The Girl who said ‘yes’ and started
it all and the Million Dollar Napkin

I launched my very first website from my freshmen college dorm room in 1999.

The first dot.com boom was in full swing, and as a resident of one of the many on-campus dorms at The University of Texas, I had something most kids my age could only dream of: high-speed internet in my room.

As a 19-year old college student, I hadn’t ever thought much about entrepreneurship, and had never considered building multiple companies or starting my career.

But then something happened . . . I met a girl.

I was invited to a futuristic-themed party so naturally chose to go as Millennium Man, a little known superhero poised to change the post Y2K world.

That night, I somehow managed
to introduce myself to Emily, the
girl in the pink shirt. I realized
pretty quickly that she was the woman
who I was going to marry. That started with buying her a ring.
Now that may not seem like a huge feat, but for a struggling college
student, this was daunting.

So I started a simple eCommerce site selling e-books and made my first sale in November of 1999. By the time I graduated in 2003, I had only earned enough for that ring, but I was doing really well. I had several eCommerce websites, each earning a good amount of money each month and each growing rapidly.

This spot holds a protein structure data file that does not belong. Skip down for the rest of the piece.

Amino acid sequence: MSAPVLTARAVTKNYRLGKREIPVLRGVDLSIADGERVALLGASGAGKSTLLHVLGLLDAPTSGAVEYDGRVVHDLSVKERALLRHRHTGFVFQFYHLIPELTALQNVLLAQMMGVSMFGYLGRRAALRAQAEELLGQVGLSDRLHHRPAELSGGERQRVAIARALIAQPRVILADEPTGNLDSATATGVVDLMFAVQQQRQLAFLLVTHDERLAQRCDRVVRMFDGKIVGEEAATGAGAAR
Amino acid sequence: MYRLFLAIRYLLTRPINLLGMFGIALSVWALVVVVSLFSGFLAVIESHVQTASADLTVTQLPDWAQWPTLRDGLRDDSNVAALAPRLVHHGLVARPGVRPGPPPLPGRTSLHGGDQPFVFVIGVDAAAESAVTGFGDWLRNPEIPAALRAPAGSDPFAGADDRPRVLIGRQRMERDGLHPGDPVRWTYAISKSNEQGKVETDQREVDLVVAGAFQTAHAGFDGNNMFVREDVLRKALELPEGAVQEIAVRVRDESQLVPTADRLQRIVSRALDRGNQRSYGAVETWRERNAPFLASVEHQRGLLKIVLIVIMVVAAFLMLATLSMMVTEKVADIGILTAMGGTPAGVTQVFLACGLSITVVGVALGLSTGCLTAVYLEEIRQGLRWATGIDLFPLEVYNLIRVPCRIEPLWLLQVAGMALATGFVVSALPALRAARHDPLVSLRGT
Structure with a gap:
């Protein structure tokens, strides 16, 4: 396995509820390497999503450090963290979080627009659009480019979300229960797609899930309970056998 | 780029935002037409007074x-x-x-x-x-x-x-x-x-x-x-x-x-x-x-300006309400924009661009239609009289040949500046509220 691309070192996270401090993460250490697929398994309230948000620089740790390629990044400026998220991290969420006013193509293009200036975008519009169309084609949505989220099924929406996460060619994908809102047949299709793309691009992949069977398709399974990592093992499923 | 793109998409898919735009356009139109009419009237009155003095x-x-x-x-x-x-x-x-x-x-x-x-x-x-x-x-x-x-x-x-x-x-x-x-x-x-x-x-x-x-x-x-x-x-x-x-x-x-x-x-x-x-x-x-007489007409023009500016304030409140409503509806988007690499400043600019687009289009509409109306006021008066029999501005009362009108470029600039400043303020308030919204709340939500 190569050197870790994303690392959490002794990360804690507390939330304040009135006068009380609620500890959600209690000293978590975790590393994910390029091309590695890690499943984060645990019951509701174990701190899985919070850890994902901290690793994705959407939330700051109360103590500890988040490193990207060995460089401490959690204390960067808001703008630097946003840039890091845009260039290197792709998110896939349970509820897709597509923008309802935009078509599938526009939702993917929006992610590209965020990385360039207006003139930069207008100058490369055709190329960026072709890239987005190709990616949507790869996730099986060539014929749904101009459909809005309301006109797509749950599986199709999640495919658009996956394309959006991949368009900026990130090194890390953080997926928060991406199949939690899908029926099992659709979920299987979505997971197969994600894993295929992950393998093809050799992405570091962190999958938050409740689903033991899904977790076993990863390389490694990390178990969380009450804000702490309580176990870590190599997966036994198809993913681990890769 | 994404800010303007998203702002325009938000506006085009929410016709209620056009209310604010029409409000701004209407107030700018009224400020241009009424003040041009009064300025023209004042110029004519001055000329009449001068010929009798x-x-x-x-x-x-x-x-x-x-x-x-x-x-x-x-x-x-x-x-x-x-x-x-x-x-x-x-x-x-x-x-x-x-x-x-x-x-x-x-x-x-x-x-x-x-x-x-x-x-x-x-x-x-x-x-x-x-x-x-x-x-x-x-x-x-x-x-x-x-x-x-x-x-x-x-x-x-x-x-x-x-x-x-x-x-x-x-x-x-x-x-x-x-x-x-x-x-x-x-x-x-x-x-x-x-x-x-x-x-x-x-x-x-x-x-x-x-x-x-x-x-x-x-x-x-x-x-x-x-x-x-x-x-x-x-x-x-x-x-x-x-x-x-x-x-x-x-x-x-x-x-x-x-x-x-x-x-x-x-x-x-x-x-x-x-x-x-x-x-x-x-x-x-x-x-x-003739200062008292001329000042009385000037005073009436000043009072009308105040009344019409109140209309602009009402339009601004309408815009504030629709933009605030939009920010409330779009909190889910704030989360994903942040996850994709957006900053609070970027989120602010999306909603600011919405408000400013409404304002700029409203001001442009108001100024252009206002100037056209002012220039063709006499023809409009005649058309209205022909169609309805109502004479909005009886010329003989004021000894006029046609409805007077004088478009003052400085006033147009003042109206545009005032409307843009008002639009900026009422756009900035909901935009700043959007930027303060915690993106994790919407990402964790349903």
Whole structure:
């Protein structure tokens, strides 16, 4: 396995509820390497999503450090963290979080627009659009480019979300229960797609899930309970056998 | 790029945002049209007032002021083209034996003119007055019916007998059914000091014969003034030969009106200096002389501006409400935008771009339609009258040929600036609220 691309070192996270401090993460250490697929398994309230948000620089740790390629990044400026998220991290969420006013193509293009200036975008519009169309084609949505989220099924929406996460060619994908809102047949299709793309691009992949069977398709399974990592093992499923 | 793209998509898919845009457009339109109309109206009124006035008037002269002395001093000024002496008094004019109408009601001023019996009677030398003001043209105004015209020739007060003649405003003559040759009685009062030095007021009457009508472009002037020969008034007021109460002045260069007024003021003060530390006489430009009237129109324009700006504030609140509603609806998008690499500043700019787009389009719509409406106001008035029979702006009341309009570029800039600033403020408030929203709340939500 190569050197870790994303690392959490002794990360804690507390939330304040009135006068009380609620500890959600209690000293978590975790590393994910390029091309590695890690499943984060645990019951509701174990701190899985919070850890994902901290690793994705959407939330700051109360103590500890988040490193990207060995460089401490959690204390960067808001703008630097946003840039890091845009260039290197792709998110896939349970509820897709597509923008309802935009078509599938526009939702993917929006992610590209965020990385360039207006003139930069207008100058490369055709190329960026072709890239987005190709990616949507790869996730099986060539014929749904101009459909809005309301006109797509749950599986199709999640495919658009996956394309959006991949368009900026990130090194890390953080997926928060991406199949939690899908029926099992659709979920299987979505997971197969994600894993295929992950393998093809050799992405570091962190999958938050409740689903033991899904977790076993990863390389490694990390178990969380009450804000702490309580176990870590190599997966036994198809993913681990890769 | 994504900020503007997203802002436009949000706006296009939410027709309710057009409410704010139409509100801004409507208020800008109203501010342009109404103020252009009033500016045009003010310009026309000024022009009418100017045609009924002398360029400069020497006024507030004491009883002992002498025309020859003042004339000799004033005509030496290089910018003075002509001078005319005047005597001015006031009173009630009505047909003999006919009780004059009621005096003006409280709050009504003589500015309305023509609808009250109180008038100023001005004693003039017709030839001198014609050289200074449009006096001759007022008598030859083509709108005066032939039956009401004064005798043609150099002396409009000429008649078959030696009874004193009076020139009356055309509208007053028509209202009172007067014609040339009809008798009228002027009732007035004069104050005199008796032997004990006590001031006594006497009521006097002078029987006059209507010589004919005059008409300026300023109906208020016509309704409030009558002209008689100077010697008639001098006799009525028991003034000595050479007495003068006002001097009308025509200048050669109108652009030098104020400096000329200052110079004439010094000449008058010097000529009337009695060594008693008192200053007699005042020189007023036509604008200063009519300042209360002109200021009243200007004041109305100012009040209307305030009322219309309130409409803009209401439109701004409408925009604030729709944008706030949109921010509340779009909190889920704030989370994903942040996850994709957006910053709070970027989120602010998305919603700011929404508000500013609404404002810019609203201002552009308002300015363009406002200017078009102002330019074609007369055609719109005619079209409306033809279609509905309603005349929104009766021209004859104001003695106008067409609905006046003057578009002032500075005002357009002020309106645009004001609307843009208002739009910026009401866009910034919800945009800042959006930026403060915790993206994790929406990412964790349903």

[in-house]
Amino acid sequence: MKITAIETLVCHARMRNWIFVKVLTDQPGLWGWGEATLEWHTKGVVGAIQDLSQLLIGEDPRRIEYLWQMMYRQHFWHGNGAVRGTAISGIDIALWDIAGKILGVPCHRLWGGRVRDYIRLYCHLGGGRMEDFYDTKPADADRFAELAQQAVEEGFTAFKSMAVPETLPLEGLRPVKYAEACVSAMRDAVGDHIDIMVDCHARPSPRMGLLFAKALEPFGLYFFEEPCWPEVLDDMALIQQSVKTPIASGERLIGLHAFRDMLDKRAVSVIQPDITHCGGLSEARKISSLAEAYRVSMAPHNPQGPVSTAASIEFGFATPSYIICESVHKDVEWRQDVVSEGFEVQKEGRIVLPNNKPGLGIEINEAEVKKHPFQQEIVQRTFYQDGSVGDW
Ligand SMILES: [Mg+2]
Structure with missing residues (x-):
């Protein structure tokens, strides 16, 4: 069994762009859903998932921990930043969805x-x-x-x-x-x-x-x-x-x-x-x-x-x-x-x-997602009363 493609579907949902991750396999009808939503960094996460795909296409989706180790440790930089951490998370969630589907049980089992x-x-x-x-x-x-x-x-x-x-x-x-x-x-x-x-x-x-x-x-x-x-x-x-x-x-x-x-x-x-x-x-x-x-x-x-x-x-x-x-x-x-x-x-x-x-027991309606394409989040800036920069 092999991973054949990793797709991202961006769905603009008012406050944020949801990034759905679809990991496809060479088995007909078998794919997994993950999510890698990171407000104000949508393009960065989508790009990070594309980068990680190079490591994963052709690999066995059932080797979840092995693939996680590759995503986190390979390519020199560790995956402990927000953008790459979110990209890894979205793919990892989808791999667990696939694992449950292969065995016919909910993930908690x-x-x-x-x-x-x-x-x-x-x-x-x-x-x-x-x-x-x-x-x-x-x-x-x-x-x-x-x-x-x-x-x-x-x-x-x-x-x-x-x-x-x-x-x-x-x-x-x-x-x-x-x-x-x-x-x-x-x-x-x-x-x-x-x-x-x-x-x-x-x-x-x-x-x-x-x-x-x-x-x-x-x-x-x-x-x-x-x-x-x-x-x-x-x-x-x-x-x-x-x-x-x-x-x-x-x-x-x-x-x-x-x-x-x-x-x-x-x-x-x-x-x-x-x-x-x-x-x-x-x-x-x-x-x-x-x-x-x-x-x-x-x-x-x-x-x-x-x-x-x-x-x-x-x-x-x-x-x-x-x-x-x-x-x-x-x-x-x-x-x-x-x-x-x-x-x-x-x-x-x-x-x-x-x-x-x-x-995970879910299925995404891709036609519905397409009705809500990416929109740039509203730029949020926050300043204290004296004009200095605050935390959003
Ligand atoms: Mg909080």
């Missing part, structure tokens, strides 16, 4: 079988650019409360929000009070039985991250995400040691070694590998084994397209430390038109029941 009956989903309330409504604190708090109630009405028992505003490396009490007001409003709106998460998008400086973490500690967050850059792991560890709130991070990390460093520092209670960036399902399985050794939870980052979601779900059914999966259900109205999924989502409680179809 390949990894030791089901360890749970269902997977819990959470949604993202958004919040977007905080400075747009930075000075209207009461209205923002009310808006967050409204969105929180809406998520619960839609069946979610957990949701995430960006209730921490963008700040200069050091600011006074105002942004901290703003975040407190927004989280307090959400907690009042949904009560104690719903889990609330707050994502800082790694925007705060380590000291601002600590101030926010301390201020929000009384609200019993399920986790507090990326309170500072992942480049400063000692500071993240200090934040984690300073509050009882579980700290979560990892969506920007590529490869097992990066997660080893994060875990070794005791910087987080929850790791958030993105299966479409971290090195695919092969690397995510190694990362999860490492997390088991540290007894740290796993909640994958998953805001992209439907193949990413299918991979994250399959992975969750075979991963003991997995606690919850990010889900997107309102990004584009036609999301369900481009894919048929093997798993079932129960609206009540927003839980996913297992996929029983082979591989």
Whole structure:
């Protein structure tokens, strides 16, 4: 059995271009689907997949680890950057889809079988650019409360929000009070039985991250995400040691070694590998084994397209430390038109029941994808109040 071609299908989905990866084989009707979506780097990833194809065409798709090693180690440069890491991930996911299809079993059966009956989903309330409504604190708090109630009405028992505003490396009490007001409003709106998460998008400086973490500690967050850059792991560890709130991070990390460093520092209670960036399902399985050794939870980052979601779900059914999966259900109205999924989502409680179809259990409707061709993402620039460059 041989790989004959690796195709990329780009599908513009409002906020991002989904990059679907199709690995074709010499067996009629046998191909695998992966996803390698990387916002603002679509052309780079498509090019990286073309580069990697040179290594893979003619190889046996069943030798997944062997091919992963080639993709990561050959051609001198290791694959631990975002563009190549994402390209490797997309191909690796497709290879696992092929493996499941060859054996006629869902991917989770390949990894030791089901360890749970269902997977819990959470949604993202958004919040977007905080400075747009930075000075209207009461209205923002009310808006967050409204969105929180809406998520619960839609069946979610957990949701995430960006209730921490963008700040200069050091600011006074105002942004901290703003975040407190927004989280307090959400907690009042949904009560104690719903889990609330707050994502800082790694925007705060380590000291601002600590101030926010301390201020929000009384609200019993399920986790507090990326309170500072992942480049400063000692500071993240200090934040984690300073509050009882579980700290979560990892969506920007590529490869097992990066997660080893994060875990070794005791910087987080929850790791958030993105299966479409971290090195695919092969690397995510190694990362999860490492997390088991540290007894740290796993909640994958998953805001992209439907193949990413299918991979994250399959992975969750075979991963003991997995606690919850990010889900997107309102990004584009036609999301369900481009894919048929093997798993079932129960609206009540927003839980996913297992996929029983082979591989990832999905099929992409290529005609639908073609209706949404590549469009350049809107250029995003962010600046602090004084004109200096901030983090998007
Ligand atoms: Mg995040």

By 23-years-old I was a business mogul with a growing company. External forces and the naïveté of managing a business at such a young age quickly set in and I found myself with a mortgage, a wife, a newborn and a quarter of a million dollars in debt.

In 2006 in a bar in Dallas, TX. I contemplated my debt, my history, and my family situation. A couple of glasses of bourbon in, I had an epiphany. I picked up a napkin on my table and contemplated it. It was large enough to provide space for an idea, but small enough to force simplicity. I held the napkin for a few minutes and it hit me that I had mega overcomplicated every aspect of my business. What should have been simple and concise had gotten bogged down in overstated processes. I scribbled down my answer to the question that
I believe is the basis for all business growth: How will we go about acquiring customers profitably and predictably?

And in that moment in that bar when my only option seemed to be to give up, I made a decision to take that simple answer and run with it. That was the first year my business generated $1M in revenue. It was also the first time that I saw true, honest growth that was tenable.

About Ryan Deiss